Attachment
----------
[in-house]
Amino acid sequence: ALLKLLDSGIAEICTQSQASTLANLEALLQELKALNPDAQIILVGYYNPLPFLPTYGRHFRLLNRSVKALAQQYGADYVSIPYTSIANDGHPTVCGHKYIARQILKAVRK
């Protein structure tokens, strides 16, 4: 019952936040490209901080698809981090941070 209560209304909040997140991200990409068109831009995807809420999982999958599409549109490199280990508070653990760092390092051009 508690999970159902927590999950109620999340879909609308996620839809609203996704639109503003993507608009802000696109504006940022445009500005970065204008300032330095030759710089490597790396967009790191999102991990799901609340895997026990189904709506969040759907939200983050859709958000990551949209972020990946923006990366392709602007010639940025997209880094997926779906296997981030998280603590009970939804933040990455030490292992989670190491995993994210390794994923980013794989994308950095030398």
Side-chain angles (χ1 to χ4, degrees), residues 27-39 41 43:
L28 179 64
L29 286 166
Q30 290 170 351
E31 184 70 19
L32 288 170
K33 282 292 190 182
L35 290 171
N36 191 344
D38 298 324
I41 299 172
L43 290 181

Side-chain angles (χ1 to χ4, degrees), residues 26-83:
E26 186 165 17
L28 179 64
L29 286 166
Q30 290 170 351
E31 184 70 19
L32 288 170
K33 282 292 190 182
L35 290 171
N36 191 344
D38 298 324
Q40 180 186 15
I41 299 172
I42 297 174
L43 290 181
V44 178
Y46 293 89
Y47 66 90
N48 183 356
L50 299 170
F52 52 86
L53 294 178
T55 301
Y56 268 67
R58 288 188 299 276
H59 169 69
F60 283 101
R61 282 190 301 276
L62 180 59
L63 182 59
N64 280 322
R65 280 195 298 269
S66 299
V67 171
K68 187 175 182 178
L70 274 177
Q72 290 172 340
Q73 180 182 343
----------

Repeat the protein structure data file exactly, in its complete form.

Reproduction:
[in-house]
Amino acid sequence: ALLKLLDSGIAEICTQSQASTLANLEALLQELKALNPDAQIILVGYYNPLPFLPTYGRHFRLLNRSVKALAQQYGADYVSIPYTSIANDGHPTVCGHKYIARQILKAVRK
């Protein structure tokens, strides 16, 4: 019952936040490209901080698809981090941070 209560209304909040997140991200990409068109831009995807809420999982999958599409549109490199280990508070653990760092390092051009 508690999970159902927590999950109620999340879909609308996620839809609203996704639109503003993507608009802000696109504006940022445009500005970065204008300032330095030759710089490597790396967009790191999102991990799901609340895997026990189904709506969040759907939200983050859709958000990551949209972020990946923006990366392709602007010639940025997209880094997926779906296997981030998280603590009970939804933040990455030490292992989670190491995993994210390794994923980013794989994308950095030398």
Side-chain angles (χ1 to χ4, degrees), residues 27-39 41 43:
L28 179 64
L29 286 166
Q30 290 170 351
E31 184 70 19
L32 288 170
K33 282 292 190 182
L35 290 171
N36 191 344
D38 298 324
I41 299 172
L43 290 181

Side-chain angles (χ1 to χ4, degrees), residues 26-83:
E26 186 165 17
L28 179 64
L29 286 166
Q30 290 170 351
E31 184 70 19
L32 288 170
K33 282 292 190 182
L35 290 171
N36 191 344
D38 298 324
Q40 180 186 15
I41 299 172
I42 297 174
L43 290 181
V44 178
Y46 293 89
Y47 66 90
N48 183 356
L50 299 170
F52 52 86
L53 294 178
T55 301
Y56 268 67
R58 288 188 299 276
H59 169 69
F60 283 101
R61 282 190 301 276
L62 180 59
L63 182 59
N64 280 322
R65 280 195 298 269
S66 299
V67 171
K68 187 175 182 178
L70 274 177
Q72 290 172 340
Q73 180 182 343